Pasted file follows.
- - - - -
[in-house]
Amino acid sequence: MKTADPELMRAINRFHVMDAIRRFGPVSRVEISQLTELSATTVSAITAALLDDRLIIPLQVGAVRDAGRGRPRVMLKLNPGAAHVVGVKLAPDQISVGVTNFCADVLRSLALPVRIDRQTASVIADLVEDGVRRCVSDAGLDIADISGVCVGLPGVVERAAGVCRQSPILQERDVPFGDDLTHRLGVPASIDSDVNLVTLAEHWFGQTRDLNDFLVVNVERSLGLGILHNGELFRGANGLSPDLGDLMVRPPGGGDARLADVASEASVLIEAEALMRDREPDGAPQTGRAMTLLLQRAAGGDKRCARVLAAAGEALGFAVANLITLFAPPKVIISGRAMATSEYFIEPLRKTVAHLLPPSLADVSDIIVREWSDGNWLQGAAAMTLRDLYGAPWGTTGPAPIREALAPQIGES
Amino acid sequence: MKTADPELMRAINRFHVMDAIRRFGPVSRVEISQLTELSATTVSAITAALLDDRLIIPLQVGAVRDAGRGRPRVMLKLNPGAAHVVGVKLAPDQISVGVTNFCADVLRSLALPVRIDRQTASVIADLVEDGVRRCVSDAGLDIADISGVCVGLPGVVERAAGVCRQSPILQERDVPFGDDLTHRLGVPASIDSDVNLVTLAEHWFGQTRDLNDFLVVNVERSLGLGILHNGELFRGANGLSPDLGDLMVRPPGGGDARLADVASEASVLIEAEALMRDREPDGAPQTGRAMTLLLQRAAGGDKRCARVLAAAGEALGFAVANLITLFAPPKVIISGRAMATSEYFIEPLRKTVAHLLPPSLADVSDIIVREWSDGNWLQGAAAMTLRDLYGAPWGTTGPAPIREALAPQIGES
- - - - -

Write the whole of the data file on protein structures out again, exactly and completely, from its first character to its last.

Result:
[in-house]
Amino acid sequence: MKTADPELMRAINRFHVMDAIRRFGPVSRVEISQLTELSATTVSAITAALLDDRLIIPLQVGAVRDAGRGRPRVMLKLNPGAAHVVGVKLAPDQISVGVTNFCADVLRSLALPVRIDRQTASVIADLVEDGVRRCVSDAGLDIADISGVCVGLPGVVERAAGVCRQSPILQERDVPFGDDLTHRLGVPASIDSDVNLVTLAEHWFGQTRDLNDFLVVNVERSLGLGILHNGELFRGANGLSPDLGDLMVRPPGGGDARLADVASEASVLIEAEALMRDREPDGAPQTGRAMTLLLQRAAGGDKRCARVLAAAGEALGFAVANLITLFAPPKVIISGRAMATSEYFIEPLRKTVAHLLPPSLADVSDIIVREWSDGNWLQGAAAMTLRDLYGAPWGTTGPAPIREALAPQIGES
Amino acid sequence: MKTADPELMRAINRFHVMDAIRRFGPVSRVEISQLTELSATTVSAITAALLDDRLIIPLQVGAVRDAGRGRPRVMLKLNPGAAHVVGVKLAPDQISVGVTNFCADVLRSLALPVRIDRQTASVIADLVEDGVRRCVSDAGLDIADISGVCVGLPGVVERAAGVCRQSPILQERDVPFGDDLTHRLGVPASIDSDVNLVTLAEHWFGQTRDLNDFLVVNVERSLGLGILHNGELFRGANGLSPDLGDLMVRPPGGGDARLADVASEASVLIEAEALMRDREPDGAPQTGRAMTLLLQRAAGGDKRCARVLAAAGEALGFAVANLITLFAPPKVIISGRAMATSEYFIEPLRKTVAHLLPPSLADVSDIIVREWSDGNWLQGAAAMTLRDLYGAPWGTTGPAPIREALAPQIGES